The Milk Bank’s Origin Story

Naomi Bar Yam - the milk bank's origin story

Naomi Bar-Yam, Mothers’ Milk Bank Northeast Founder and Executive Director from 2008 – 2020.

How it began – an origin story . . .

“It doesn’t get better than saving babies lives,” explains Naomi regarding the origin of Mothers’ Milk Bank Northeast.  

Naomi, mother of four, had two children who needed special care at birth. Her third child was born in Israel and was small for his gestational age, weighing 4.5lbs at birth. Her youngest child was born 6 weeks early in the Boston area and was also born weighing just 4.5lbs. This deeply personal experience of bringing medically fragile babies into the world was the origin of Naomi’s commitment to helping as many families as possible. Our own struggles are often what give us the deepest well of empathy for others experiencing similar challenges . . .

The power of “we” . . .

Several years later, when advocating for health care needs of family members, Naomi realized that Boston, arguably a medical capital of the world, didn’t have a milk bank. Indeed, in 2006 when Naomi began her personal milk bank journey, the closest milk bank was in Columbus, Ohio.

Naomi reached out to various lactation specialist colleagues and set up a meeting to discuss the lack of a milk bank in the area. Her intention was to brainstorm, to see how others might want to remedy this issue. She never imagined that this initial conversation would lead her to personally found the milk bank. And yet, this first informal meeting in her living room with a small number of dedicated advocates, many of whom are still connected to the milk bank, set Naomi on the path of starting what is today, Mothers’ Milk Bank Northeast.

Step by step, ounce by ounce . . .

Naomi is quick to point out how many people helped along the way. This list includes nurses, doctors, lactation specialists, neighbors, friends, friends of friends, all of whom with key skills in areas such as law, nonprofit management and logistics. Milk bank directors from around the country shared their practices and offered support, as did the accreditation organization Human Milk Banking of North America. The list goes on.

The milk bank grew first step by step and then by leaps and bounds. Initially, we distributed donor milk that had been screened and pasteurized by the Ohio milk bank. Meanwhile, Naomi introduced the medical community to the importance of donor milk and built relationships with local hospitals.

Science plays catch up . . .

In the early days, the use of donor milk was less familiar. Naomi had to overcome a lot of resistance from doctors. Some of it was rooted in discomfort with the decidedly personal aspect of giving a baby milk from another mother. But Naomi also recognized the more legitimate reluctance stemming from unfamiliarity with the science and research that proves that pasteurized donor milk is safe and promotes better health outcomes. Naomi learned as she went and so did the medical community.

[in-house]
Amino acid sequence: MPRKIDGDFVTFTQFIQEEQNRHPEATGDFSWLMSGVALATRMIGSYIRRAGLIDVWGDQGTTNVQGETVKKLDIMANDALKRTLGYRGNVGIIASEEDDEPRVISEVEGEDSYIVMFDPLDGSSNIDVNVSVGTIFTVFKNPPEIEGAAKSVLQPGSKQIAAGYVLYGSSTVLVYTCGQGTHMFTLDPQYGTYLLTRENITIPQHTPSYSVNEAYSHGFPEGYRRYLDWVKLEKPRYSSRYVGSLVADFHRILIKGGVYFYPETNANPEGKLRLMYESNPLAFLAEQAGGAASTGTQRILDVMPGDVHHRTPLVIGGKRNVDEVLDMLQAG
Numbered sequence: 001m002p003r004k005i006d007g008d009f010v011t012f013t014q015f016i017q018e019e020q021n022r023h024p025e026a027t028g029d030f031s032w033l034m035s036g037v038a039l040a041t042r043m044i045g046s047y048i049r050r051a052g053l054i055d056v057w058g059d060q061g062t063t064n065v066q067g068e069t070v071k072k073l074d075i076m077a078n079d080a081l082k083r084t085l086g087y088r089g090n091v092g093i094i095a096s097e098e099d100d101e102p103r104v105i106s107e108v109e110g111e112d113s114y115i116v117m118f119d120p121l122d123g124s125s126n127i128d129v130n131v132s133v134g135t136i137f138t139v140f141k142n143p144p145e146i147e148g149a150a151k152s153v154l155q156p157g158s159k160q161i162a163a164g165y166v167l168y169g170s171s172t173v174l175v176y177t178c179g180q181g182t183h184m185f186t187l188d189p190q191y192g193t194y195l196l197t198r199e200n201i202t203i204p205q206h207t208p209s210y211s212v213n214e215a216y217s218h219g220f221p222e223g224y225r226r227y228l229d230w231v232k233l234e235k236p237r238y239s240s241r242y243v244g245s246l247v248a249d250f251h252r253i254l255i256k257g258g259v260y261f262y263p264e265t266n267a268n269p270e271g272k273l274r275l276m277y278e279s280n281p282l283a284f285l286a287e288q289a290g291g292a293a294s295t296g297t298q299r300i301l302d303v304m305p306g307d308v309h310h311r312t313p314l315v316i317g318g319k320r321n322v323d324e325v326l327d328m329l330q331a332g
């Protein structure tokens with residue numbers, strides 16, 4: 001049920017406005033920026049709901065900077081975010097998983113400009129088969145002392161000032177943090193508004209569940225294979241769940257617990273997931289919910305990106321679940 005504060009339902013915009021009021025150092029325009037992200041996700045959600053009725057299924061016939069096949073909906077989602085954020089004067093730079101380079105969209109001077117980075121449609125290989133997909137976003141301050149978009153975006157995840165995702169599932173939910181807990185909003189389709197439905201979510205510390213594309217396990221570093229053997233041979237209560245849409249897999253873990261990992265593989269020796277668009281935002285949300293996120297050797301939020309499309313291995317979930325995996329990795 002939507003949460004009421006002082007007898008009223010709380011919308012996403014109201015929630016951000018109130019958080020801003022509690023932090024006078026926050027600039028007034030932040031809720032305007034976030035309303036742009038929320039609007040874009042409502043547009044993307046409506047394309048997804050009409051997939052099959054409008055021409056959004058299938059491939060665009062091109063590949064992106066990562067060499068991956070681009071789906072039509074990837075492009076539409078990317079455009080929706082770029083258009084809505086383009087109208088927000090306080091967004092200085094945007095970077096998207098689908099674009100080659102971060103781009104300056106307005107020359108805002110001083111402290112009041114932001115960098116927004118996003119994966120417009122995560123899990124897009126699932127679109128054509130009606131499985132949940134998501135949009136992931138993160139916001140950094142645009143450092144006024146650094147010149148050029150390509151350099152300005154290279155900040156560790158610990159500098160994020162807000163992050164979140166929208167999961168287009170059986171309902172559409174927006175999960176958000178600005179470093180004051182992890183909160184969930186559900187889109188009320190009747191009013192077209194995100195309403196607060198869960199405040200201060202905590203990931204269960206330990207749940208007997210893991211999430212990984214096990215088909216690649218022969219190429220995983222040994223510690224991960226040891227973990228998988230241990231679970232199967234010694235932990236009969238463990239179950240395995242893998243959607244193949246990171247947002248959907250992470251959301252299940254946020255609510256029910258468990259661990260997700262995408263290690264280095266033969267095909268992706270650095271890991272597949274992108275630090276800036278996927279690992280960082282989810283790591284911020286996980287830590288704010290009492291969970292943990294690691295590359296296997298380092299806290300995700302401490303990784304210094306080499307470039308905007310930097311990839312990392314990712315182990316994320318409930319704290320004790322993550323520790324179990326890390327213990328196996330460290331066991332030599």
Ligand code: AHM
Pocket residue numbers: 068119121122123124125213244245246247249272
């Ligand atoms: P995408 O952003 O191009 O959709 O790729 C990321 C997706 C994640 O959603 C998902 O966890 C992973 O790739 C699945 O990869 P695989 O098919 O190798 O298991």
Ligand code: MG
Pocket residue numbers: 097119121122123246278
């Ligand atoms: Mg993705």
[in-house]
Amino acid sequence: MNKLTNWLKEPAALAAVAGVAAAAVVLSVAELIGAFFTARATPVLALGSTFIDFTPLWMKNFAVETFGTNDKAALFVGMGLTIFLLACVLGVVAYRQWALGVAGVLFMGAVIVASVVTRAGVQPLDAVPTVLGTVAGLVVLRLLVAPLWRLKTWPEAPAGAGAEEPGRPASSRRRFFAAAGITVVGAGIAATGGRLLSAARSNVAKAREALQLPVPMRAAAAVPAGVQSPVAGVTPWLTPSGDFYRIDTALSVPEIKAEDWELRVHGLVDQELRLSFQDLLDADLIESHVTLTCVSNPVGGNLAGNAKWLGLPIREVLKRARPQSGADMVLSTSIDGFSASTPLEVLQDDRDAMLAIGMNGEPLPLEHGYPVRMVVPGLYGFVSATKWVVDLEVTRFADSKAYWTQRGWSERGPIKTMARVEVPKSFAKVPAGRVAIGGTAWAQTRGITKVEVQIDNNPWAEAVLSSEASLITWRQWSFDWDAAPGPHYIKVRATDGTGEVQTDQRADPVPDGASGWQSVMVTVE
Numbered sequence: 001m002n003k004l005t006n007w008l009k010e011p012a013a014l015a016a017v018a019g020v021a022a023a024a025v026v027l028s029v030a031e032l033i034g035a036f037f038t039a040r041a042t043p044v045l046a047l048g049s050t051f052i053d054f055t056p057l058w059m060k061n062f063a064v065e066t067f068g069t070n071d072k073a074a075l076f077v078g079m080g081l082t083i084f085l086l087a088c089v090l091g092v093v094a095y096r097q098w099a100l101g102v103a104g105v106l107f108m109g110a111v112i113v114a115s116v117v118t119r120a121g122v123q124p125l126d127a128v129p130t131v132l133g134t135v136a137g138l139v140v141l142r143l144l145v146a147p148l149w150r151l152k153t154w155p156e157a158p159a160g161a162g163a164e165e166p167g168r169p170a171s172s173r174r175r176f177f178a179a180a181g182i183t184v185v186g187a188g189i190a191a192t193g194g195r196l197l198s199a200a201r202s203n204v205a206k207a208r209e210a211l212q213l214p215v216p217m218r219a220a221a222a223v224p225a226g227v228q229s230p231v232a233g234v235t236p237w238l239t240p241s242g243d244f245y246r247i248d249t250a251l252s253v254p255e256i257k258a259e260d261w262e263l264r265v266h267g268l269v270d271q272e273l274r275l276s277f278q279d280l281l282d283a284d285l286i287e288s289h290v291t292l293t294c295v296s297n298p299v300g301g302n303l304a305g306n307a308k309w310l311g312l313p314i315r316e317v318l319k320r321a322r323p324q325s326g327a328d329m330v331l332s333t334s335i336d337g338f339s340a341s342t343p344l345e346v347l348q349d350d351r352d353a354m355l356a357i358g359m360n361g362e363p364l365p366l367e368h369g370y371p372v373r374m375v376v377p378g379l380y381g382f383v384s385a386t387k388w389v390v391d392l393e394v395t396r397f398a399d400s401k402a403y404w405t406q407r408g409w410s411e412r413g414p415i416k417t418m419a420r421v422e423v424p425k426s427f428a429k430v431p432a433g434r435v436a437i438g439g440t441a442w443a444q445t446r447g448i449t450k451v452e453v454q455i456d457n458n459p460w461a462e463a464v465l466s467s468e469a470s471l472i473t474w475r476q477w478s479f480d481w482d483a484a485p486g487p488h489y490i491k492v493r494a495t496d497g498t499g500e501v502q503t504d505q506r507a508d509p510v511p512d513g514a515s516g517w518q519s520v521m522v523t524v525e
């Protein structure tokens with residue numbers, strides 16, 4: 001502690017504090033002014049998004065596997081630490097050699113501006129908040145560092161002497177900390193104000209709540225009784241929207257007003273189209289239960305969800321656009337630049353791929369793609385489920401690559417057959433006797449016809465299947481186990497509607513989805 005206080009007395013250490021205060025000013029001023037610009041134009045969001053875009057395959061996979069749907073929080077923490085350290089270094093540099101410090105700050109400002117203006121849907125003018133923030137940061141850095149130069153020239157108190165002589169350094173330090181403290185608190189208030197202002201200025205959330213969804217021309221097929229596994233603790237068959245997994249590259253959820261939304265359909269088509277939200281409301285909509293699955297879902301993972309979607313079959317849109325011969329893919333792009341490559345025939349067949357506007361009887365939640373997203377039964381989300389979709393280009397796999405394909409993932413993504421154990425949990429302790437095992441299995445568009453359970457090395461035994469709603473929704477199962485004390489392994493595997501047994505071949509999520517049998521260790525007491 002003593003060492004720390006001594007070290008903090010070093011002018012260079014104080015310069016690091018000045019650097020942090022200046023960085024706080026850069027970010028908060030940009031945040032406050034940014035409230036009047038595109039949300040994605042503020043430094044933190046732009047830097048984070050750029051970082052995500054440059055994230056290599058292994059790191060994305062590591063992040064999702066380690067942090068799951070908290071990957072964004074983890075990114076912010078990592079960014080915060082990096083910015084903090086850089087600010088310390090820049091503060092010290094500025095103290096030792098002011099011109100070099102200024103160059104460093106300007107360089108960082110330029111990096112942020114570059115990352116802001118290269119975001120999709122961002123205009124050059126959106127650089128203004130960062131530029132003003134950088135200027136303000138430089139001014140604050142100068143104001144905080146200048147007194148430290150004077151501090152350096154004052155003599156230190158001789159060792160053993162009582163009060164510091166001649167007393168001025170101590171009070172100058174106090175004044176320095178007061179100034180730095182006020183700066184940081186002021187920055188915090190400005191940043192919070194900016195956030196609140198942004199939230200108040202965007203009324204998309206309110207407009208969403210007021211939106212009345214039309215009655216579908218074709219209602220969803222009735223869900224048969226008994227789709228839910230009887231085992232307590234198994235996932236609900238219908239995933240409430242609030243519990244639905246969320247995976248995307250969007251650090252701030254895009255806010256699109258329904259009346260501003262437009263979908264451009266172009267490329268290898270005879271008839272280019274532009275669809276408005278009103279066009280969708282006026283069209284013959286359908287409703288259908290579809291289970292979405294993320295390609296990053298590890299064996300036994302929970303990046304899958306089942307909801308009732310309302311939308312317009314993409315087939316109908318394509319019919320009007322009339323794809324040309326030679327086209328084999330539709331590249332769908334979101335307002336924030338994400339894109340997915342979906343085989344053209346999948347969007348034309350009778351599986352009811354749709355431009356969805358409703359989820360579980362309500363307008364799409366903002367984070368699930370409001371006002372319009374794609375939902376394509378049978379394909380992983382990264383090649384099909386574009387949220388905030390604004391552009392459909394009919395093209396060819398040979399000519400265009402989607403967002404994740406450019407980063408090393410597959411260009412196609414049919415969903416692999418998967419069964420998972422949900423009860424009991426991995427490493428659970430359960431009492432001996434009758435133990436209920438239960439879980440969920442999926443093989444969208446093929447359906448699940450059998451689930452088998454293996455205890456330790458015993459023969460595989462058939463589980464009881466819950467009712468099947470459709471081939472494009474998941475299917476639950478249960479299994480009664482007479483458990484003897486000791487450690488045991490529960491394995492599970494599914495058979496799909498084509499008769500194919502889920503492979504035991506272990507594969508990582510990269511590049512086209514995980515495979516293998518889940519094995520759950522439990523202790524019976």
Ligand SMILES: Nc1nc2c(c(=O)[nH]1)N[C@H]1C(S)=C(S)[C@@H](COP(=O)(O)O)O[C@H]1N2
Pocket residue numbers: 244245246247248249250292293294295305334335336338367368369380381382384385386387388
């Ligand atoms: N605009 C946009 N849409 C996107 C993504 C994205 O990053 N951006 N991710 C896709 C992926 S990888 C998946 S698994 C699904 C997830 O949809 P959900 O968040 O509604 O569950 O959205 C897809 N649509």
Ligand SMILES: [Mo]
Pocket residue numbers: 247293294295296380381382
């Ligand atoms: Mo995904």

All the while, the body of scientific research demonstrating the critical importance of donor milk for medically fragile babies and the superior safety record of donor milk grew along with it. Before she knew it, the milk bank was able to start screening our own milk donors and pasteurizing in our own lab to keep up with the growing numbers of hospitals and medical facilities relying on us.

From origin to legacy . . .

Reflecting on her years leading the milk bank before stepping down in 2020, Naomi is proud of the service she created and the community she built. She explains,

The milk bank provides so many people with the opportunity to give back in ways that work for them. It’s a place where people band together. A place where countless individuals can say, ‘This is my strength and I’m going to use it for babies.’ People give milk, they give money, they volunteer their time and/or guidance as Board members or advisors, they become employees and spend their days immersed in the mission and ensuring that babies get safe donor milk. Each of them takes a little bit of the milk bank home with them when they leave at the end of the day and at the end of their tenure with the milk bank. And that’s another way we spread the word and raise awareness. All those people in this circle of giving.”

A huge, heartfelt, milk bank thank you to Naomi Bar Yam, our founder. Her persistence, commitment, and understanding of the needs of families and fragile babies has changed the course of thousands of infants’ lives. Her legacy continues today.

Key Supporters

Maternal Healthy Equity Grant Recipient logo
Yale Appliance logo
Davis Family Foundation logo
Aria Covey Foundation logo
Massachusetts Foundation logo